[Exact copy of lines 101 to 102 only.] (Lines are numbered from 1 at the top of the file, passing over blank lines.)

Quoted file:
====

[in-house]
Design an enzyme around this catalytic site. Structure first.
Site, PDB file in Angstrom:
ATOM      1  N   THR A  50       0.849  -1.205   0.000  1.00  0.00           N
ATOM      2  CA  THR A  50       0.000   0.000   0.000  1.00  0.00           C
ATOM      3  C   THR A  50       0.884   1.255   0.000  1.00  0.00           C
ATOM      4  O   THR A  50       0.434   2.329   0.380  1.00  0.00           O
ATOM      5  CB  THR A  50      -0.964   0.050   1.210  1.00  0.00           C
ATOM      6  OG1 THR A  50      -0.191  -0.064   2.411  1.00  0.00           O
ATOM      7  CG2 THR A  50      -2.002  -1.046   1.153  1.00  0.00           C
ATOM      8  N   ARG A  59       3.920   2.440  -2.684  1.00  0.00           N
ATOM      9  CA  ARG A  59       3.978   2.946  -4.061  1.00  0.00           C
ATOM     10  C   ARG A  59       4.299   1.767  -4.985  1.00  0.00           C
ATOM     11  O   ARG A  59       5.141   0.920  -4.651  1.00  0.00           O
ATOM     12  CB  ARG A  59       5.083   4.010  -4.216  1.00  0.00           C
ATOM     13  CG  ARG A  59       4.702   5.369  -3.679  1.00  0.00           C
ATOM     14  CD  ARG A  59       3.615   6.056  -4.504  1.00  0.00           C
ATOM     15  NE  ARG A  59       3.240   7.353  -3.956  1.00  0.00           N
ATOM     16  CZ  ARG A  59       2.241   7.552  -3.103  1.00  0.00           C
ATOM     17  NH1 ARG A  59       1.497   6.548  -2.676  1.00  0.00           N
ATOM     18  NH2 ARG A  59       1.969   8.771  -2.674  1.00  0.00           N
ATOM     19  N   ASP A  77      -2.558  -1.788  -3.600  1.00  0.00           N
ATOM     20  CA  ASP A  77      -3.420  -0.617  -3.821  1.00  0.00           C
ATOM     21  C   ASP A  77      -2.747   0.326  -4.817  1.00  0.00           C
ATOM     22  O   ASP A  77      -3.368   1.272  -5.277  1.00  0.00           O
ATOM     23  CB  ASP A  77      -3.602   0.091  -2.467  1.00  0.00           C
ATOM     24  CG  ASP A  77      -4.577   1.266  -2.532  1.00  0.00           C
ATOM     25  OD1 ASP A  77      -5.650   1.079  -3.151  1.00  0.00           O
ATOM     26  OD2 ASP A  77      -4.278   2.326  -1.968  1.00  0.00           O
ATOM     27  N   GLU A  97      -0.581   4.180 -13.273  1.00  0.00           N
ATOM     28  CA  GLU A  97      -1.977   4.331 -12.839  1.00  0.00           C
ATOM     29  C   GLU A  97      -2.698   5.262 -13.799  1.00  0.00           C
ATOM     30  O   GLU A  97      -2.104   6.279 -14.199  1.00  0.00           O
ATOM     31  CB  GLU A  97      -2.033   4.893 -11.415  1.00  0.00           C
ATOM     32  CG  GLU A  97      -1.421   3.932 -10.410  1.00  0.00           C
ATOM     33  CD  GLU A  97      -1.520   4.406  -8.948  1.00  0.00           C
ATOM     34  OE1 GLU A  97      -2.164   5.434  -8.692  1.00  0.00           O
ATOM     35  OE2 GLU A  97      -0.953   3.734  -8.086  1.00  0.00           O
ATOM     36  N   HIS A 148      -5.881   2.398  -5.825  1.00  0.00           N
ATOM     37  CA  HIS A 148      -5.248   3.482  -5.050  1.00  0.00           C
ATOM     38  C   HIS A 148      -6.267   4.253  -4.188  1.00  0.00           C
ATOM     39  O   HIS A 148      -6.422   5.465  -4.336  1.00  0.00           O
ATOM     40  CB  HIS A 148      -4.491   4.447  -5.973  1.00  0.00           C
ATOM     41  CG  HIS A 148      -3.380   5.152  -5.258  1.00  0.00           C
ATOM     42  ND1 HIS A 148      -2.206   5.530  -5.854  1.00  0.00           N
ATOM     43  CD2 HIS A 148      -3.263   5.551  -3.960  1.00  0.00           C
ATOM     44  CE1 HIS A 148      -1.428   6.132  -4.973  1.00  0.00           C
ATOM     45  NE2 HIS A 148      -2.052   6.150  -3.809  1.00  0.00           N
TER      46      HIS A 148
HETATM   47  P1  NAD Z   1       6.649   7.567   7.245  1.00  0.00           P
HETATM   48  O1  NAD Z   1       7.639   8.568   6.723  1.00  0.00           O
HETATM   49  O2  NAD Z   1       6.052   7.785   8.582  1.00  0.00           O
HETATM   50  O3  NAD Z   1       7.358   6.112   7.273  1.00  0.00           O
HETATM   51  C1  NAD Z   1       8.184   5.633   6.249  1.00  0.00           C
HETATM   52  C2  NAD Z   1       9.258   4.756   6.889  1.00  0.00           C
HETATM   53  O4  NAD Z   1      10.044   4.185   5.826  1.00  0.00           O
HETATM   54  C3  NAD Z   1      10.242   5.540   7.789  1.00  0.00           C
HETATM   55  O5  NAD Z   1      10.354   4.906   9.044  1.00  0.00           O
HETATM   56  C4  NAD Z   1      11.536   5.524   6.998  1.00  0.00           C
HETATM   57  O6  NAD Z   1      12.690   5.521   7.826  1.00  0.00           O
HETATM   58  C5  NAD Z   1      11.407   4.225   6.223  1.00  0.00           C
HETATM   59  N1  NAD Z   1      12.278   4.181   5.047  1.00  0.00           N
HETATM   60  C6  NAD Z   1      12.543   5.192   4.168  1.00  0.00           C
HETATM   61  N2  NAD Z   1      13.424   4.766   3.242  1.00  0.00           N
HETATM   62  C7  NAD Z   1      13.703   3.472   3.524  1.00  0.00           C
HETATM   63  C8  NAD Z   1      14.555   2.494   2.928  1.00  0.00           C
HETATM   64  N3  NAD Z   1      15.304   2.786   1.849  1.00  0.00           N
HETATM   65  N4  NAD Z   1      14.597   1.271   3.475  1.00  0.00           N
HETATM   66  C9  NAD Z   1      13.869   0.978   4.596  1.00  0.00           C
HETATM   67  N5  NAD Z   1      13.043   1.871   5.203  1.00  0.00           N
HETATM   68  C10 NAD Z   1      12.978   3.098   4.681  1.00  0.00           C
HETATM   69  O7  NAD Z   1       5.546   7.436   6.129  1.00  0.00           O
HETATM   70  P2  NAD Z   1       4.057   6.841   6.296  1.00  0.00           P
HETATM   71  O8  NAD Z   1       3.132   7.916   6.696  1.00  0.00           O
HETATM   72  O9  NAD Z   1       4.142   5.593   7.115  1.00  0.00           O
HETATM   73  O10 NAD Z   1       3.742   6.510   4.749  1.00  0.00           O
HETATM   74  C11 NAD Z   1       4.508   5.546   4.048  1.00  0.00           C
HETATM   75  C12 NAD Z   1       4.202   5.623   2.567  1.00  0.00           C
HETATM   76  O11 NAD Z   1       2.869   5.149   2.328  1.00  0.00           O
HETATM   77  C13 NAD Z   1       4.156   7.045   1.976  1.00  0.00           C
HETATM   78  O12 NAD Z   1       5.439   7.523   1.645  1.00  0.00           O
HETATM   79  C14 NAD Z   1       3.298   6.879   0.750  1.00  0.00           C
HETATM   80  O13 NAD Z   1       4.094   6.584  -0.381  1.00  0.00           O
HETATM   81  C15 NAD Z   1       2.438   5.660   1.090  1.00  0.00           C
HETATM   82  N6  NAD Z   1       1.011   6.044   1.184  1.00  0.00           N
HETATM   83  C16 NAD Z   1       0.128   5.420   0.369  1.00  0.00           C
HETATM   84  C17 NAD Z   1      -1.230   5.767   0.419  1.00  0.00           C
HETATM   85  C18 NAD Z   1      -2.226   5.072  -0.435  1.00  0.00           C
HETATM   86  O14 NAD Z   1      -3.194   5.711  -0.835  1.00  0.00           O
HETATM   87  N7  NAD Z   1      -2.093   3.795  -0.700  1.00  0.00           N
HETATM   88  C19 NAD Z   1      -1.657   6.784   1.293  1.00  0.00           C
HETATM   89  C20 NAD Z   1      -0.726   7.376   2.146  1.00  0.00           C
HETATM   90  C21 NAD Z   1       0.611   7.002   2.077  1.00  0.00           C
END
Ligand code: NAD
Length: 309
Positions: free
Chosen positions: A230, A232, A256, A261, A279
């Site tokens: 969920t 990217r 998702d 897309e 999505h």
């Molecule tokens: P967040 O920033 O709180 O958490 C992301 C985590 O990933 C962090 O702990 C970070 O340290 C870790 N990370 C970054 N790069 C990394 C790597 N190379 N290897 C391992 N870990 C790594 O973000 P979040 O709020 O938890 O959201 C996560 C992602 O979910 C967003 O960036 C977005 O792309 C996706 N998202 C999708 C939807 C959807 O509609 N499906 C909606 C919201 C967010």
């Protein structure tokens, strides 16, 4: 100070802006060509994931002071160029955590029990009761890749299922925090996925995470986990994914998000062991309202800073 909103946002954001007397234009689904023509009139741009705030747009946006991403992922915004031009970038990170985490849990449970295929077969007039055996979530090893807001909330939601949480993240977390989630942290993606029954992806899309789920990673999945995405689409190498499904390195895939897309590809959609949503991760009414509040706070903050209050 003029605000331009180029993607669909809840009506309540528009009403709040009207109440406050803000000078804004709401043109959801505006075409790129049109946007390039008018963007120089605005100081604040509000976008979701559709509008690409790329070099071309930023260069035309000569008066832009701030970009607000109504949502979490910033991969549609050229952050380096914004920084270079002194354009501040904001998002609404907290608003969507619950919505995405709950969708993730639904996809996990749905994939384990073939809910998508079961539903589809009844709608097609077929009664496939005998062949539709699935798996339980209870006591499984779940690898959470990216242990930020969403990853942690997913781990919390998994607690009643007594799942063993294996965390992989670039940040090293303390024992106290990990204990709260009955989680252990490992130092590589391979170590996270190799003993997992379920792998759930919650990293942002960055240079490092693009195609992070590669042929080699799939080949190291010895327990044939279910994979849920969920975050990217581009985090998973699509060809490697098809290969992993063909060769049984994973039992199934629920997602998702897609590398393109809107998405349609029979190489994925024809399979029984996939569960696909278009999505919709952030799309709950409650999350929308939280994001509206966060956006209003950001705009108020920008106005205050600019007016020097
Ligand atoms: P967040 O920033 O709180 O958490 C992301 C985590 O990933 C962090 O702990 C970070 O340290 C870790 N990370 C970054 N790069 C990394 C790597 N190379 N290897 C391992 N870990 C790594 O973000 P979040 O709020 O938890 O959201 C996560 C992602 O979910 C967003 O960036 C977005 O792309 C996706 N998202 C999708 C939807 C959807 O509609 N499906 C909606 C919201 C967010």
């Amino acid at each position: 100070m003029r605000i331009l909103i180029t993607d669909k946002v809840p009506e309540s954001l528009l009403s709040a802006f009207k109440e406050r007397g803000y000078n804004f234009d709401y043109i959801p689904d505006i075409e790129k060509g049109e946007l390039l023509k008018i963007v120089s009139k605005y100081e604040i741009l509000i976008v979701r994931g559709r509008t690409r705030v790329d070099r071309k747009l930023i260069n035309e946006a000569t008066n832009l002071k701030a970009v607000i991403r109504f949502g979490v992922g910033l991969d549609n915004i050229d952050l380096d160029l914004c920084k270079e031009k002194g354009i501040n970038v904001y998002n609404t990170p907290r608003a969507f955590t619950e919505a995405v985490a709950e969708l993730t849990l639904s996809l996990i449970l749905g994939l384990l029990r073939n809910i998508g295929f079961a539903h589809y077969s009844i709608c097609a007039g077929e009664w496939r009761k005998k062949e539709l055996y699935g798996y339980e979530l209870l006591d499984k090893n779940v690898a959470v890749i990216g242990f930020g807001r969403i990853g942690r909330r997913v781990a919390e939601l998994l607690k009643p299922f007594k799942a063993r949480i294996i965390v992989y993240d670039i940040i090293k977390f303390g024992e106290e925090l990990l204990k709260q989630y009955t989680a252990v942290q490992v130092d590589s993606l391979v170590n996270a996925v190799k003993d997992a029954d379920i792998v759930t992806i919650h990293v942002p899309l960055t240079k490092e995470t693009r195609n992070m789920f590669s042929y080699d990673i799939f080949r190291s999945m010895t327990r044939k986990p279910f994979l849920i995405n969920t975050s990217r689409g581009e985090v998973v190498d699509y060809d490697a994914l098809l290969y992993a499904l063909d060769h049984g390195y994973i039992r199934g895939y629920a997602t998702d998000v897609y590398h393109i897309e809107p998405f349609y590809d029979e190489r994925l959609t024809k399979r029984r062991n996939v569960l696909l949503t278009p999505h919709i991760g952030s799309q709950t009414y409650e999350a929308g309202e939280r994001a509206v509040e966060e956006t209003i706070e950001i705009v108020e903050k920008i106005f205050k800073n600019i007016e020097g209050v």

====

């Protein structure tokens, strides 16, 4: 100070802006060509994931002071160029955590029990009761890749299922925090996925995470986990994914998000062991309202800073 909103946002954001007397234009689904023509009139741009705030747009946006991403992922915004031009970038990170985490849990449970295929077969007039055996979530090893807001909330939601949480993240977390989630942290993606029954992806899309789920990673999945995405689409190498499904390195895939897309590809959609949503991760009414509040706070903050209050 003029605000331009180029993607669909809840009506309540528009009403709040009207109440406050803000000078804004709401043109959801505006075409790129049109946007390039008018963007120089605005100081604040509000976008979701559709509008690409790329070099071309930023260069035309000569008066832009701030970009607000109504949502979490910033991969549609050229952050380096914004920084270079002194354009501040904001998002609404907290608003969507619950919505995405709950969708993730639904996809996990749905994939384990073939809910998508079961539903589809009844709608097609077929009664496939005998062949539709699935798996339980209870006591499984779940690898959470990216242990930020969403990853942690997913781990919390998994607690009643007594799942063993294996965390992989670039940040090293303390024992106290990990204990709260009955989680252990490992130092590589391979170590996270190799003993997992379920792998759930919650990293942002960055240079490092693009195609992070590669042929080699799939080949190291010895327990044939279910994979849920969920975050990217581009985090998973699509060809490697098809290969992993063909060769049984994973039992199934629920997602998702897609590398393109809107998405349609029979190489994925024809399979029984996939569960696909278009999505919709952030799309709950409650999350929308939280994001509206966060956006209003950001705009108020920008106005205050600019007016020097
Ligand atoms: P967040 O920033 O709180 O958490 C992301 C985590 O990933 C962090 O702990 C970070 O340290 C870790 N990370 C970054 N790069 C990394 C790597 N190379 N290897 C391992 N870990 C790594 O973000 P979040 O709020 O938890 O959201 C996560 C992602 O979910 C967003 O960036 C977005 O792309 C996706 N998202 C999708 C939807 C959807 O509609 N499906 C909606 C919201 C967010």